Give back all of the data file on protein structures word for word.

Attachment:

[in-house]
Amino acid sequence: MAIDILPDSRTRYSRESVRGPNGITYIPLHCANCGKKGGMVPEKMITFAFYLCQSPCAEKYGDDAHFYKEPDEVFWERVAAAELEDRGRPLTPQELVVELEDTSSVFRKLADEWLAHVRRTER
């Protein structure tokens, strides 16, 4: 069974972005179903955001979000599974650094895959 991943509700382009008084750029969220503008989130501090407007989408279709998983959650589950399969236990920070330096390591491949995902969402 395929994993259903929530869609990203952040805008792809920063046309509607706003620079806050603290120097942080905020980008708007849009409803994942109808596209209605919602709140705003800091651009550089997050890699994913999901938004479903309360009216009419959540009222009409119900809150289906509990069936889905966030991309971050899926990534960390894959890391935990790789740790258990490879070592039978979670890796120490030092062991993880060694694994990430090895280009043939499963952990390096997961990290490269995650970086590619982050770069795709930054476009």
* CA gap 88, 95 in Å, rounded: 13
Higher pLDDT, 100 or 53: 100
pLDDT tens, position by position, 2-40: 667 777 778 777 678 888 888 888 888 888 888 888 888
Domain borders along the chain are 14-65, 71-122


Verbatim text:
[in-house]
Amino acid sequence: MAIDILPDSRTRYSRESVRGPNGITYIPLHCANCGKKGGMVPEKMITFAFYLCQSPCAEKYGDDAHFYKEPDEVFWERVAAAELEDRGRPLTPQELVVELEDTSSVFRKLADEWLAHVRRTER
């Protein structure tokens, strides 16, 4: 069974972005179903955001979000599974650094895959 991943509700382009008084750029969220503008989130501090407007989408279709998983959650589950399969236990920070330096390591491949995902969402 395929994993259903929530869609990203952040805008792809920063046309509607706003620079806050603290120097942080905020980008708007849009409803994942109808596209209605919602709140705003800091651009550089997050890699994913999901938004479903309360009216009419959540009222009409119900809150289906509990069936889905966030991309971050899926990534960390894959890391935990790789740790258990490879070592039978979670890796120490030092062991993880060694694994990430090895280009043939499963952990390096997961990290490269995650970086590619982050770069795709930054476009």
* CA gap 88, 95 in Å, rounded: 13
Higher pLDDT, 100 or 53: 100
pLDDT tens, position by position, 2-40: 667 777 778 777 678 888 888 888 888 888 888 888 888
Domain borders along the chain are 14-65, 71-122